Lithium-Ion Batteries (LIBs) are essentials in everyday life in mobile applications as well as in hybrid/electric mobility. The extraordinary market success of this technology is forcing hard the need of LIBs with improved energy density, environmental compatibility and safety, making necessary to push this technology beyond the current state of the art. In this framework, Co-poor Lithium Rich Layered Oxides (LRLOs) are the most strategic alternative to current Co-rich layered oxide positive electrode materials thanks to the excellent combination of large specific capacity (>250 mAhg-1), high energy density (up to 900 WhKg-1), small costs and improved environmental benignity. The excellent performance of LRLOs derives from the peculiar combination of redox processes originated from the transition metals and the oxygen anions sublattice. The practical use of LRLOs is hindered by several drawbacks, such as voltage decay, capacity fading, and an irreversible capacity lost in the first cycle. These issues are related to structural rearrangements in the lattice upon cycling.
In this work, we demonstrate a new family of LRLOs with general formula Li1.2+xMn0.54Ni0.13Cox-yAl0.03O2 (0.03 ≤ x ≤ 0.08 and 0.03 ≤ y ≤ 0.05), obtained from the replacement of cobalt with lithium and aluminum and we highlight how the balancing of the metal blend can lead to improvements of the Coulombic efficiency in the first cycle, a better capacity retention and reduced voltage decay. To shed light on the complex crystal-chemistry of this class of LRLOs we studied the Co-poorest member of this homologue material series, namely Li1.28Mn0.54Ni0.13Co0.02Al0.03O2, in order to prove the structural evolution occurring upon charge/discharge in lithium cell. To these aims, electrodes have been recovered during the first cycle, the second cycle and after ten cycles of charge/discharge by de-assembling lithium cells into an Ar-filled glove box. These post mortem materials have been sealed in borosilicate capillary tubes (see Fig. 1a) and studied ex situ by X-ray powder diffraction at the MCX beamline.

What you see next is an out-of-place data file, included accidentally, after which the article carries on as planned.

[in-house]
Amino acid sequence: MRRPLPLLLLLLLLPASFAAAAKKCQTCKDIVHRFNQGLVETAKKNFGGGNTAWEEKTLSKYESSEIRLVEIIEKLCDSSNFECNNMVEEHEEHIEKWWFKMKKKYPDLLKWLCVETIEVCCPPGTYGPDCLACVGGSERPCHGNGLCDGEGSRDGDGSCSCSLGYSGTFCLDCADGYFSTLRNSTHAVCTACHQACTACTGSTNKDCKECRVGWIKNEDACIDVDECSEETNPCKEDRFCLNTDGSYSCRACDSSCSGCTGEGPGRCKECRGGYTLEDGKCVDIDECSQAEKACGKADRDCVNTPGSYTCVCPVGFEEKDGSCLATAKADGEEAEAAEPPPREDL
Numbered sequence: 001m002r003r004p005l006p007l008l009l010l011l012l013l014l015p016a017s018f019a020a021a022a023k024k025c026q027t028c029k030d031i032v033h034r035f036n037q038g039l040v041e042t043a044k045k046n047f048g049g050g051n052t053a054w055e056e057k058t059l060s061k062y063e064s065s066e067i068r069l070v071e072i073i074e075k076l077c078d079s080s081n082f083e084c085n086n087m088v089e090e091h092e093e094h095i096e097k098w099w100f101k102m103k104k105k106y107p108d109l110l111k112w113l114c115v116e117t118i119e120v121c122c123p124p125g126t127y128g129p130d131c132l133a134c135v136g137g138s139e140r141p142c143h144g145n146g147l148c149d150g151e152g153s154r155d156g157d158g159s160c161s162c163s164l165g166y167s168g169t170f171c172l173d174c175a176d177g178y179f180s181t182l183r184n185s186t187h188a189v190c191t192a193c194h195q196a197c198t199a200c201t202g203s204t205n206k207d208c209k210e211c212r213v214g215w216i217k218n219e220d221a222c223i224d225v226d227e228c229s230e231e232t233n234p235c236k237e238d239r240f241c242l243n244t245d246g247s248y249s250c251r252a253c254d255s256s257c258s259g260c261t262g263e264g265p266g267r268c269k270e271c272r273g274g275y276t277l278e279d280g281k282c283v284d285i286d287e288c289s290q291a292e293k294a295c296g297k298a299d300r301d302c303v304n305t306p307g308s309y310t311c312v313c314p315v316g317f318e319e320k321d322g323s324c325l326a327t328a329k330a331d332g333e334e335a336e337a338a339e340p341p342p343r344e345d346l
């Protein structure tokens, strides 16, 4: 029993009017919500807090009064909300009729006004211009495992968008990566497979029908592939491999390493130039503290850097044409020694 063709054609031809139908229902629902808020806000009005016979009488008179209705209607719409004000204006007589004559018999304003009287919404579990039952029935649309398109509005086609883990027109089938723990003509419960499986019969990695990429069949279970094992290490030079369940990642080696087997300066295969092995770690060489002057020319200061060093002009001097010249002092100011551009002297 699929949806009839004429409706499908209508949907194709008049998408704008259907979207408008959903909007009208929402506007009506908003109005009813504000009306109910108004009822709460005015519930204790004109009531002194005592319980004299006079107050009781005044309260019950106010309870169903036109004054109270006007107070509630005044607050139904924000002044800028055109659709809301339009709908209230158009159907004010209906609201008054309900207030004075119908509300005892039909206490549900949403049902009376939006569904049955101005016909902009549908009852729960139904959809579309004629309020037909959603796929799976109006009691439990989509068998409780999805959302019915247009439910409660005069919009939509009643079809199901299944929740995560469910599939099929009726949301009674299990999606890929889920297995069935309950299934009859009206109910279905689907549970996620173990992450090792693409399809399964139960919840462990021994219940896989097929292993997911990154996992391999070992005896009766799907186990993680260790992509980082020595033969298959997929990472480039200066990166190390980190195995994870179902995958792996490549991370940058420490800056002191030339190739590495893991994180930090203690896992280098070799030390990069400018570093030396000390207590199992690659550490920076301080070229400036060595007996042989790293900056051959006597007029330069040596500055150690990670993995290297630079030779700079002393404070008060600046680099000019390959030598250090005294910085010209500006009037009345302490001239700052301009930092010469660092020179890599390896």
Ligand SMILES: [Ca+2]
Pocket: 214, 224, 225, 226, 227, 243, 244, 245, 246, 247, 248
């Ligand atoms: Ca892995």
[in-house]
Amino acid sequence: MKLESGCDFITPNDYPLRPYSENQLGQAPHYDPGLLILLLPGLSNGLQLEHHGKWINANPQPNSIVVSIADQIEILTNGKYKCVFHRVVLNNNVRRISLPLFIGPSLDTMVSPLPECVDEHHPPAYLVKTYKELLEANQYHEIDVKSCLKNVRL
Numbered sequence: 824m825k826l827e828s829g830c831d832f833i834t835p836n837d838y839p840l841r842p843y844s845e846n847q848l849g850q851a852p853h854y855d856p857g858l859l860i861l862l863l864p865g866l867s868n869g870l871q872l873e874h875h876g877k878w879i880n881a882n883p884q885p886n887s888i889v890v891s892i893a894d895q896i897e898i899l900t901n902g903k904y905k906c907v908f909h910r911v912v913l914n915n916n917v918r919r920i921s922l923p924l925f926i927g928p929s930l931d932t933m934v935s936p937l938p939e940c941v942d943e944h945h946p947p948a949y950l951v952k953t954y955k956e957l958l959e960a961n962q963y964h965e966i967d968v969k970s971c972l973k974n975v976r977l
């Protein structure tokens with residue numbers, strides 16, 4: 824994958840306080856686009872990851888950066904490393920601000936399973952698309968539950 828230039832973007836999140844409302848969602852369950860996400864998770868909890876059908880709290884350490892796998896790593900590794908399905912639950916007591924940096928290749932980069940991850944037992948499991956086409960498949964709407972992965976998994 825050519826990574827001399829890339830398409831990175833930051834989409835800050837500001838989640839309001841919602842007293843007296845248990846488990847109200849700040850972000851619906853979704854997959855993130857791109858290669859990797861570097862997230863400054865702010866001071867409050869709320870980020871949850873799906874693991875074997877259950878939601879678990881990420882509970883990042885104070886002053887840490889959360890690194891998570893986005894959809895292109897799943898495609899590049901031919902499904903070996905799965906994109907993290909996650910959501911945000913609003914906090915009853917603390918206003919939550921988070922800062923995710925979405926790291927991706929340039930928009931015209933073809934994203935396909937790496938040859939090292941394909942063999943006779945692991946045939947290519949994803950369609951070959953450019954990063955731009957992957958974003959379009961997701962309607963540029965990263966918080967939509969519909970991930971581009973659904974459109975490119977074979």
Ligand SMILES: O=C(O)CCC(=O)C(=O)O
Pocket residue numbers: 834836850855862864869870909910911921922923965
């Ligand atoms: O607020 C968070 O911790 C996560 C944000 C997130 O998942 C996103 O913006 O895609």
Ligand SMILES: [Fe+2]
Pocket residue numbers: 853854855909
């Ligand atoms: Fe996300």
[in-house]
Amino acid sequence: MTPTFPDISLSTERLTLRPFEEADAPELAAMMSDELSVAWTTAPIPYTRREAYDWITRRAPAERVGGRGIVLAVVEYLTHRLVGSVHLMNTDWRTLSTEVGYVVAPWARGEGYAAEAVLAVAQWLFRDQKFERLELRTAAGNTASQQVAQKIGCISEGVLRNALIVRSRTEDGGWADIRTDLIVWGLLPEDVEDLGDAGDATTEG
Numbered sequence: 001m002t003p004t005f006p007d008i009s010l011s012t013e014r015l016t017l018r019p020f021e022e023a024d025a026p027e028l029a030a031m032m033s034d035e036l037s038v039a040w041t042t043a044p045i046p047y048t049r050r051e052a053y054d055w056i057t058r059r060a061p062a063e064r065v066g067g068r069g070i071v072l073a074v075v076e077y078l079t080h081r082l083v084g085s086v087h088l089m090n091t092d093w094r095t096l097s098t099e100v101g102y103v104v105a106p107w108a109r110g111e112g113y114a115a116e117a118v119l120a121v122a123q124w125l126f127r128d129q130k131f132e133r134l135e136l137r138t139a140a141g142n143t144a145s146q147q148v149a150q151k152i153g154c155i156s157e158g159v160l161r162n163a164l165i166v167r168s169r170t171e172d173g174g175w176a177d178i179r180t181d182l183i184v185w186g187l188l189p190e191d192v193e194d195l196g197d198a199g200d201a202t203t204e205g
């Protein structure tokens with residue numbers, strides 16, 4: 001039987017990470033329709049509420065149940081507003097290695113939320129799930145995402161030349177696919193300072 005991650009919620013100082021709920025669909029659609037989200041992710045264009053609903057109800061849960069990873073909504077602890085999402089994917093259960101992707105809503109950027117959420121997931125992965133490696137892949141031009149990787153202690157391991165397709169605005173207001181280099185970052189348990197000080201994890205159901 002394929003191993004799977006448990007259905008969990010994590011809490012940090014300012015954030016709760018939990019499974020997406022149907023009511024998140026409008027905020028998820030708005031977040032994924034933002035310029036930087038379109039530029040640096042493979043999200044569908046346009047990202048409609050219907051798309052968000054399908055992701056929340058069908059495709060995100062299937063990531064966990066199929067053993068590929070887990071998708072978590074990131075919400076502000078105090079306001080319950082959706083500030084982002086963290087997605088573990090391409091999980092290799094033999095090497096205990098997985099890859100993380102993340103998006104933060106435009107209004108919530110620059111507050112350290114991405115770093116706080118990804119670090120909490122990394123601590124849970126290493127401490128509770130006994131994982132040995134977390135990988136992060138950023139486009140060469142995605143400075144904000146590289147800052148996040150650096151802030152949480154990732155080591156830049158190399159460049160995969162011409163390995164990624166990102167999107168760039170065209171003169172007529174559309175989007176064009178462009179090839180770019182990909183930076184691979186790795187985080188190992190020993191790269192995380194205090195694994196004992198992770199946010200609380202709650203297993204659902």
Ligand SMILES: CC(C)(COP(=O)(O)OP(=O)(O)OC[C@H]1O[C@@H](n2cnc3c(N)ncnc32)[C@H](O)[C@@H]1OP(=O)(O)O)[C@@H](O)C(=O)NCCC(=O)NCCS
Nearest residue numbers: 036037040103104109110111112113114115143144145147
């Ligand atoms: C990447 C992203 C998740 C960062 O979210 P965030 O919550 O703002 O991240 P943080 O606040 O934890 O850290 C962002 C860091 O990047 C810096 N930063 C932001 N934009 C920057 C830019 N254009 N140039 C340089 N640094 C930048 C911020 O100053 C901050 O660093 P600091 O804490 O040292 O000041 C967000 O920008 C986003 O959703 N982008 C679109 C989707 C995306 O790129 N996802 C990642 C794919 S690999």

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Image: Fig. 1b shows the potential curves vs time for the first two cycles and highlights the points, marked with A, B, C and so on, where the charge or discharge step was stopped and the materials recovered for analysis. According to the diffraction data (Fig. 1c), structural alterations of Li1.28Mn0.54Ni0.13Co0.02Al0.03O2 start with a fast broadening and a shift of the peaks suggesting a smooth lattice modification. When the cell reaches 4.8V vs Li+, a second phase can be identified. In the discharge process opposite structural transformations occur.